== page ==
Using hands-on learning for French class is a fun way to get students engaged! Kinesthetic learners who learn best by movement will benefit from activities that are tailored to their specific learning style.
Because the activities are often so much more engaging than paper/pencil tasks, your other students will love the activities, too! We all know that when students have fun and are engaged, they are going to learn more!
Here are some easy ways to provide hands-on learning for French class:
Cut up words or sentences and have students rebuild them.
You can buy sentence strips at a lot of dollar stores and write your sentences on them. Then, just store the sentences in a bag until you are ready to have students rebuild them. To help students find the right words to build each sentence, you can write each sentence in a different color.
To make it easier and save time, type your sentences on cardstock and then cut those apart. It’s easy to change the font color, and even the font style, and you won’t have to rewrite them all!
We used hands-on learning for French spelling words all the time! I just printed off a lot of letters onto cardstock and we would go through the list every week using the same bag of letters. It was a really easy and quick way to provide hands-on learning for French spelling words, and he is now a 7th grader who is a great speller!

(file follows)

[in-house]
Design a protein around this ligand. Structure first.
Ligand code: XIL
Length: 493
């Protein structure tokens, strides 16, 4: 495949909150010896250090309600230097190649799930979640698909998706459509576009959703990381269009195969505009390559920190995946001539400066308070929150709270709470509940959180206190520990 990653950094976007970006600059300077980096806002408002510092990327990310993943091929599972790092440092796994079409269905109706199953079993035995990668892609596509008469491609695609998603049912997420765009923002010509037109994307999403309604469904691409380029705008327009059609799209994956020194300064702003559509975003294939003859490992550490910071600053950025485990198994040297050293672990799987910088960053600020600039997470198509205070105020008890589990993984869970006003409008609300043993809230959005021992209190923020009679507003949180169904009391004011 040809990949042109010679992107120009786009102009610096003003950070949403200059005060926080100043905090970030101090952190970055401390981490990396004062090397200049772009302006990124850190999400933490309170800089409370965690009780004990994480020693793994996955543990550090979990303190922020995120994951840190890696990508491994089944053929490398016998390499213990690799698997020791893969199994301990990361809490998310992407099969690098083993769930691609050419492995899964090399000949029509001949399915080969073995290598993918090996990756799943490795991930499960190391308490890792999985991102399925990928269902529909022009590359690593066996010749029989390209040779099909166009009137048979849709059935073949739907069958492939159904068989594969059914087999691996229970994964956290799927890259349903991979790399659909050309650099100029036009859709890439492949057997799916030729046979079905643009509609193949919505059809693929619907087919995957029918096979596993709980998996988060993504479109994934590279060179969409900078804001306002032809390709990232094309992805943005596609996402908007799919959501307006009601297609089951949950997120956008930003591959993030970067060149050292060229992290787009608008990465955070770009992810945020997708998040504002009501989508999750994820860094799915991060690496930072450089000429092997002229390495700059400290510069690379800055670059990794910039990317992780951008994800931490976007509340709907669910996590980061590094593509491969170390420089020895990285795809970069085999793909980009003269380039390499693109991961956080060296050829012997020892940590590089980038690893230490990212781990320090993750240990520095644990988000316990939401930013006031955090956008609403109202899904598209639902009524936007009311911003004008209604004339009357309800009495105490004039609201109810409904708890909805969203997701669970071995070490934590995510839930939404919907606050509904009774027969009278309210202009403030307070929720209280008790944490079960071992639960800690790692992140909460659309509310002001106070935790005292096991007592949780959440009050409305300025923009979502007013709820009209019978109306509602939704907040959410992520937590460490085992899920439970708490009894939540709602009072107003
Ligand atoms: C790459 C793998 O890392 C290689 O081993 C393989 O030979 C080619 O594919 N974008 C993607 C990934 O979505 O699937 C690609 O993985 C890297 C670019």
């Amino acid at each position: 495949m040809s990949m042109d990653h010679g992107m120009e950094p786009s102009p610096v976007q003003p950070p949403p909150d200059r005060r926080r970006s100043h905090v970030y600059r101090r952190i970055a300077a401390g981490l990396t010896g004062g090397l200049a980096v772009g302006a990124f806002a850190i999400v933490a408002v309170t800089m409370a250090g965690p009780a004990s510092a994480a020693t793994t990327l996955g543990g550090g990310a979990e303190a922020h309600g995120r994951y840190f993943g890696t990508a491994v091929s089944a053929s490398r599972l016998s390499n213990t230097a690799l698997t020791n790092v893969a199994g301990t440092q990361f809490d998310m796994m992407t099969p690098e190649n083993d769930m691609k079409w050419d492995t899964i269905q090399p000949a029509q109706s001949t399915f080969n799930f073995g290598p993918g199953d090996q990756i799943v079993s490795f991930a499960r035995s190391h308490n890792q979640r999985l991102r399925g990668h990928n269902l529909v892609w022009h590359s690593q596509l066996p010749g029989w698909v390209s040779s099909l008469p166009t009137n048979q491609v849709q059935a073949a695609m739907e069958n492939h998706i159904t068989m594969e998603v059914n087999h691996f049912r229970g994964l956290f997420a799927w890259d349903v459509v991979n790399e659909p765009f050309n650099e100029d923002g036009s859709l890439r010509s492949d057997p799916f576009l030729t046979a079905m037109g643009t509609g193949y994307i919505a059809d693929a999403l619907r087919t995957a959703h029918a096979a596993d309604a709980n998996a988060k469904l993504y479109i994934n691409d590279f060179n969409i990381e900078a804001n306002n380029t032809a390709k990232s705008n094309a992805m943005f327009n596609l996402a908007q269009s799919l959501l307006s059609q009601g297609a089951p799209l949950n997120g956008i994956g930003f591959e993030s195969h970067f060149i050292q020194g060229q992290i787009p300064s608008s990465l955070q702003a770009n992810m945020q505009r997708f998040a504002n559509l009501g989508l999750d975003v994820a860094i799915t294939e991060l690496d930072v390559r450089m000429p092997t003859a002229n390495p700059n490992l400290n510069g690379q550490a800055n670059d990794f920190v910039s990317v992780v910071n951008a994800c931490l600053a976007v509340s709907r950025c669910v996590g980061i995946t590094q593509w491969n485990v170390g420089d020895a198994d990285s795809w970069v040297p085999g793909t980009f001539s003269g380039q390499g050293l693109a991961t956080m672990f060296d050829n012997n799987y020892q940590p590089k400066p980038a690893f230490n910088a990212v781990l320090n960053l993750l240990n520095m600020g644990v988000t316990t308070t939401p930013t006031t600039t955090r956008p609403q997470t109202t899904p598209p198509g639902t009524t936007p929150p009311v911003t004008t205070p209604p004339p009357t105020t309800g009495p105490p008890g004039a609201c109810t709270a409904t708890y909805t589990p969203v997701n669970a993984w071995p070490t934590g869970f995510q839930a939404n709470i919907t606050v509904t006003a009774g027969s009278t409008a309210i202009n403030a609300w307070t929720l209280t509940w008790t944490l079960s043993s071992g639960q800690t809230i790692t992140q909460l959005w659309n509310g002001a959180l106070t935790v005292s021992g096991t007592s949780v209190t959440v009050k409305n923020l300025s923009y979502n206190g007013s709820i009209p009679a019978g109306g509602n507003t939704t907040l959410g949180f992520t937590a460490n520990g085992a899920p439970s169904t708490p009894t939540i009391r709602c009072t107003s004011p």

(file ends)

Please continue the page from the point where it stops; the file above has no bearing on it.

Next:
This is an amazing way to practice for students who struggle with paper-pencil tasks, but it’s a great break in the routine for all students.
Write out the words in sand (or something else tactile).
I did this a lot at home with my son when he was practicing spelling words in early elementary. I’d put some corn meal on a baking pan and have him spell out his words. It was a fun way to practice, and because he struggled with pencil/paper tasks, it was much more fun (and productive) for both of us!
If you can go outside, writing them with sidewalk chalk is always a lot of fun, too! Sometimes, we would write out the words on different hopscotch boards. Then, once we had spelled them all, he would practice hopping through them, spelling them out loud. That is a fun way to get out a little extra energy, too! I’m always a big fan of adding movement to my lessons when I can!
Give students puzzles and have them match the French word with the image.
Puzzles are one of my favorite ways to offer hands-on learning for French class, because students get to see and read the words while getting the movement that is really helpful for retention. You can use this as a whole-class activity, for a little extra practice for students who need just a little more time, or at learning centers. I love these so much, because they are a great support for visual learners!
Use these at learning centers, for a fun matching game with partners, or as an activity for students who finish their work early.
Use manipulatives to help students learn verb conjugation.
Have you ever had students who don’t seem to understand that you have to take off the infinitive ending before you conjugate an -er verb? Every year, I used to have students who didn’t understand that this was an important part of the process – until I began doing this activity! This is a fun way to teach basic conjugation that even bigger kids love!
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